“I thought the turnovers were huge,” Franklin said. “We’ve been emphasizing that all off-season. The ones we gottonightwere mostly on tackles, with jarring hits and strips, things like that. So I’m pleased with the progress that we’re making there.”
• After giving up a couple of second-quarter touchdowns, the defense clamped down hard in the second half. Jason Cabinda was all over the field, totaling a game-high 14 tackles.
“We’re playing really good defense when you talk about scoring defense,” Franklin said. “To me, that’s the most important number that there is out there.”
• Those new “Generations of Greatness” uniforms looked sharp. They were sleek and modern but full of retro touches to keep the traditionalists happy. Hopefully, we haven’t seen the last of them.
The end zone diamonds were another nice nod to the past. Wouldn’t mind seeing those again, too.
• Indiana, which went into the game ranked last in the Big Ten in rushing defense at just under 200 yards per game, held Penn State to 39 rushing yards and an average of 1.1 yards per carry once McSorley’s sack yardage was factored in. Barkley had only 56 rushing yards.
“Obviously, everybody’s game plan is to stop Saquon Barkley and the run game,” Franklin said. “We have to get better in that area, but I love the fact that we have so many guys who can hurt you, like DaeSean Hamilton and a number of guys who can go out there and make plays on the perimeter.”
• The field goal unit continued to struggle. Tyler Davis sent a 21-yard attempt wide right in the third quarter, and the protection broke down on a 42-yard try in the fourth, resulting in a block. Davis is now 5 for 11 on the season, including a 3-for-7 mark from inside 40 yards.
“Obviously we’ve got to get the field goal situation cleaned up. That’s unacceptable,” Franklin said. “I’m not pleased with that at all. I don’t want this to come off the wrong way. We are going to enjoy wins around here, but there are some things we’ve got to be honest with ourselves about and get cleaned up.”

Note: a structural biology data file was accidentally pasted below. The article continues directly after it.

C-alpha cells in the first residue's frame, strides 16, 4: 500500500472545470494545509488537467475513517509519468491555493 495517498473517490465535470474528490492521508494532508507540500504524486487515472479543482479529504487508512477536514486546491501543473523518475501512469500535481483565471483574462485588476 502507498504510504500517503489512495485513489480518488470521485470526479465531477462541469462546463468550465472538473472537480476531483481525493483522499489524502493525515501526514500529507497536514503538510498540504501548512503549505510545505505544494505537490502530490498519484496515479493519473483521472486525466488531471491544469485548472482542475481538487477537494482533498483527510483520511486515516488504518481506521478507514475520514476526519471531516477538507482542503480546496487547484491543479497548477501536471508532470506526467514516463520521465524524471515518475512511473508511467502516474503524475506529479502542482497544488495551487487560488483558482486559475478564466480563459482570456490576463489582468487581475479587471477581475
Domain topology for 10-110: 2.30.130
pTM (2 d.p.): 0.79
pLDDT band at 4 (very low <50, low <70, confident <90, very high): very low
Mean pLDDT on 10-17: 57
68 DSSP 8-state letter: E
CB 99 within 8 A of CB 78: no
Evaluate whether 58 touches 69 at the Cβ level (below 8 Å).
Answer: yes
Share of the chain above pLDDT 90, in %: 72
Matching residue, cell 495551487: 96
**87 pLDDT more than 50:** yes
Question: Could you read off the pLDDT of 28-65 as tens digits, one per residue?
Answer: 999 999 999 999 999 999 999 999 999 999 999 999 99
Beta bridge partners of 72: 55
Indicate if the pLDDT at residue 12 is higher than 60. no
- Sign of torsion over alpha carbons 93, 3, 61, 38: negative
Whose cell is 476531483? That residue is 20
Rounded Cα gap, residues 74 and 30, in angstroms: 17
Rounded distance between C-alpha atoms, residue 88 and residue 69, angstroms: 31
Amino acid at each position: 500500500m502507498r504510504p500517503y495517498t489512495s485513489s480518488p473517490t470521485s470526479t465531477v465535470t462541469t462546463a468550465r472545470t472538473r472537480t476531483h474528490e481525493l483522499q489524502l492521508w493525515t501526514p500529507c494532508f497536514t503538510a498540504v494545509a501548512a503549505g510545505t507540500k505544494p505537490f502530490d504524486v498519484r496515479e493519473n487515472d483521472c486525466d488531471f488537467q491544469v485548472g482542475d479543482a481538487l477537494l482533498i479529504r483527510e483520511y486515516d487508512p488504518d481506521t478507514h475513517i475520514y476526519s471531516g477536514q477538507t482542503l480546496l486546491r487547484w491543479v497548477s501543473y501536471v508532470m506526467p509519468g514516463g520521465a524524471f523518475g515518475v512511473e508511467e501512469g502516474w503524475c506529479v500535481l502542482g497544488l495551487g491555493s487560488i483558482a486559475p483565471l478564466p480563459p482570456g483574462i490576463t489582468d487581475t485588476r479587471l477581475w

On a more positive note, six of Davis’s eight kickoffs went for touchbacks. But the field goal problems are a major concern. The day is going to come, perhaps as early as next week, when the Lions are going to need a pressure kick at the end of a game. Right now, it’s hard to feel confident in their ability to deliver, from any distance.
• Tight end Mike Gesicki left the game in the first half after getting hit on a short completion and didn’t return. For obvious reasons, that is a very large concern.
Next up: a trip to Northwestern. The Wildcats have a highly productive quarterback in junior Clayton Thorson, who went into this weekend’s action ranked first in the conference with a 265.3-yard passing average. Thorson had an up-and-down afternoon in a 33-24 loss at Wisconsin on Saturday. He threw two fourth-quarter touchdown passes to give the Wildcats a shot at pulling off an upset. But in the final minute of the game, he got caught in the end zone while rolling out, resulting in a safety that ended their comeback bid.
Wisconsin put a lot of heat on Thorson throughout the game, totaling eight sacks. Penn State will be looking to do likewise, and that won’t be the only objective. The Lions will need to get their running game going, and they’ll have to do it on the road.
“There are areas where we have to get better,” Franklin said. “For where we want to go and what we want to do, we’ve got to get better. We’ve got to identify those things and spend a lot of time Sunday and Monday working to find ways to get better in those areas.”